ATLANTIC CITY — South Plainfield High School senior Anthony Ashnault made history at Boardwalk Hall Sunday.
An announced sellout crowd of 11,149 saw him earn a 4-2 decision over Hunterdon Central’s Gary Dinmore in the 138-pound final of the state individual wrestling championships.
As a result, he became the first wrestler in New Jersey’s illustrious history to win four state titles without suffering even a single loss.
“This has been my goal ever since I was in eighth grade,” Ashnault said. “But it’s really hard to be perfect. I just took each match one at a time and did whatever it took to get the win in each one. To actually accomplish this feels great.”
Ashnault finished his career with a 170-0 record while winning state championships at 103, 112, 126 and 138 pounds, respectively. His win total ranks second in state history behind Bound Brook graduate Andrew Campolattano’s 175 victories.
Ashnault joined former Delbarton standout Mike Grey and Campolattano as the state’s only four-time champions. Three-time champion Scott Winston (137-0) was the only one to earn at least 100 wins without a loss, but he missed the state tournament as a freshman because of an injury. Campolattano went 175-1 with his only defeat coming to Blair Academy’s Mike Evans.
Grey, who is the only wrestler in Boardwalk Hall’s Hall of Fame, served as the grand marshal of the tournament this weekend and presented Ashnault with a plaque commemorating his achievement. Ashnault also won the tournament’s Outstanding Wrestler award.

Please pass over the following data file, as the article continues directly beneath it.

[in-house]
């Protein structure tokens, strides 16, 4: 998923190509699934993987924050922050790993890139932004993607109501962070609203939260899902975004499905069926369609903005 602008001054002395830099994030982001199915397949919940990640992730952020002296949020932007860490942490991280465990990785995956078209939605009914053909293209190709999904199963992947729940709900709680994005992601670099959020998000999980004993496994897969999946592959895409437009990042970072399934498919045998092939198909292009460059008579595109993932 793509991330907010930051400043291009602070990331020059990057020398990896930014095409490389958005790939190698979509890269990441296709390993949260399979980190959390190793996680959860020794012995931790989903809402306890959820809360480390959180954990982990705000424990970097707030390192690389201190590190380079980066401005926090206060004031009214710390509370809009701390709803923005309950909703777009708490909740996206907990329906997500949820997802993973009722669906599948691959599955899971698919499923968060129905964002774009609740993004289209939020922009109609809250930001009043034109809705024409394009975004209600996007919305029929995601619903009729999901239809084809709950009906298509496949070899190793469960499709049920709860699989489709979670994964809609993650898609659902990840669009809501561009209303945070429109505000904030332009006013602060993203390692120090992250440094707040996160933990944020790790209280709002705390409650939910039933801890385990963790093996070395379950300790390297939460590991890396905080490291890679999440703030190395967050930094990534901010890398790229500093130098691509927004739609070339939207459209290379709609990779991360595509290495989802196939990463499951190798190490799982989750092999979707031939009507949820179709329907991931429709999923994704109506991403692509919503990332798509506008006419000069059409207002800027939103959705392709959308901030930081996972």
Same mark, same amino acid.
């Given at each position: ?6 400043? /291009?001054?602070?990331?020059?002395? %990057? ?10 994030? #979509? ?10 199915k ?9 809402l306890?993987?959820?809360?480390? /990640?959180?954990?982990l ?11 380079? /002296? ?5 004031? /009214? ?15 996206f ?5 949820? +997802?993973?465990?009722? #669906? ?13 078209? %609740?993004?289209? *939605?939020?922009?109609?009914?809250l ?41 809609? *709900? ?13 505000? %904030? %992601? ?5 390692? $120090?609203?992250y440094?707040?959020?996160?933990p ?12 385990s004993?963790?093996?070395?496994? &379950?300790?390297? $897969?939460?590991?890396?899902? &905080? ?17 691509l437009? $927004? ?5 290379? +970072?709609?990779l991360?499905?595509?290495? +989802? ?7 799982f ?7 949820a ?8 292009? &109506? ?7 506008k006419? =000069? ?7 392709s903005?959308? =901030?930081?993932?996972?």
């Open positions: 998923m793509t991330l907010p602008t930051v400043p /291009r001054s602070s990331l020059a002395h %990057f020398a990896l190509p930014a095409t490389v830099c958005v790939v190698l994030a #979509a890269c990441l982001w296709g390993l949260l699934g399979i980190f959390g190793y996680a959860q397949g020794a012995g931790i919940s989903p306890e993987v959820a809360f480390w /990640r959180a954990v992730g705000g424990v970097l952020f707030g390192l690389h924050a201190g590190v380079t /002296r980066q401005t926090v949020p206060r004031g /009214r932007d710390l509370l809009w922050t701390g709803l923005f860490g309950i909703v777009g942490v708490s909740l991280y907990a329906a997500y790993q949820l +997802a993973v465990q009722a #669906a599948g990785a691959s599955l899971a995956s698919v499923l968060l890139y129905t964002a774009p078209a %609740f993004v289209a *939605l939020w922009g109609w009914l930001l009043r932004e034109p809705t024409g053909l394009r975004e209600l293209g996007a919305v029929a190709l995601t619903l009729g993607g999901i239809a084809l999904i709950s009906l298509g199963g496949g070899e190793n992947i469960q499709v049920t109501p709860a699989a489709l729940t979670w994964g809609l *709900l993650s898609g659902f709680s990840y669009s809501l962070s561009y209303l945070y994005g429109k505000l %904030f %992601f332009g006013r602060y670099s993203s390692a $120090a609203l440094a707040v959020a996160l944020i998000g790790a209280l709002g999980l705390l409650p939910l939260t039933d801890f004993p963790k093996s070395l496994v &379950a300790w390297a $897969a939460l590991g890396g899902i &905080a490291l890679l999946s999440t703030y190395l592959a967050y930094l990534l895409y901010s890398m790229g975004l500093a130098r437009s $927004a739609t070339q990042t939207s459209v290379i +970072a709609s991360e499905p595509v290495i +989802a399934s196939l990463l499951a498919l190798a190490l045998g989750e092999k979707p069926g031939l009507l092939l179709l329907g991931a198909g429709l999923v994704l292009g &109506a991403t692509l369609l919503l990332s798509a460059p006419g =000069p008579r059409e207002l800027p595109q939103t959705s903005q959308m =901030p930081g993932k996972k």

“This was a tremendous accomplishment for Anthony,” South Plainfield coach Kevin McCann said. “To not only win four state championships, but to keep grinding and never lose a match is amazing. But I was even more impressed with the way he handled everything. He was under a lot of pressure, especially this year, with everybody in his face about going undefeated. But he handled it great.”
Ashnault’s final win was one of his toughest to earn.
Dinmore (38-1), who also lost to Ashnault in last year’s finals, came close to pulling off the upset. Ashnault, who is headed to Rutgers University in the fall, took a 2-0 lead on a first-period takedown, but Dinmore closed the gap to 2-1 with an escape, rode Ashnault out for the entire second period, then tied the match at 2-2 with another escape early in the third.
“Gary’s a good wrestler,” Ashnault said. “But I was so focused that I didn’t worry about who I was wrestling. This entire year I just pictured myself getting to the finals, but there was just this blank face at the other end of the mat.”
Down the stretch, at least half of the roaring crowd was rooting for Dinmore, but Ashnault wasn’t fazed by the fans.
He secured the victory with a takedown with 14 seconds left in regulation to set off a wild celebration among the South Plainfield supporters, all of whom were wearing T-shirts sold by the team.
“I heard the boos (during the match), but I just tried to shrug them off,” Ashnault said. “You’re going to go through adversity on the mat and in life. I didn’t worry about it. I just knew I was going to do whatever it took to have my hand raised at the end.
After the buzzer sounded, Ashnault thrust his arms toward Boardwalk Hall’s famous arched ceiling, hugged his coaches, then ran up into the stands and shared a tearful embrace with his parents, Bill and Sue.
Minutes afterward, he stood atop the awards podium for the final time.
“My parents were both crying when I got there, so we didn’t say much,” Ashnault said. “I thanked them for their support and told them I loved them. I’m really grateful for my parents and everybody else who has supported me through my journey. It’s been a great run.”
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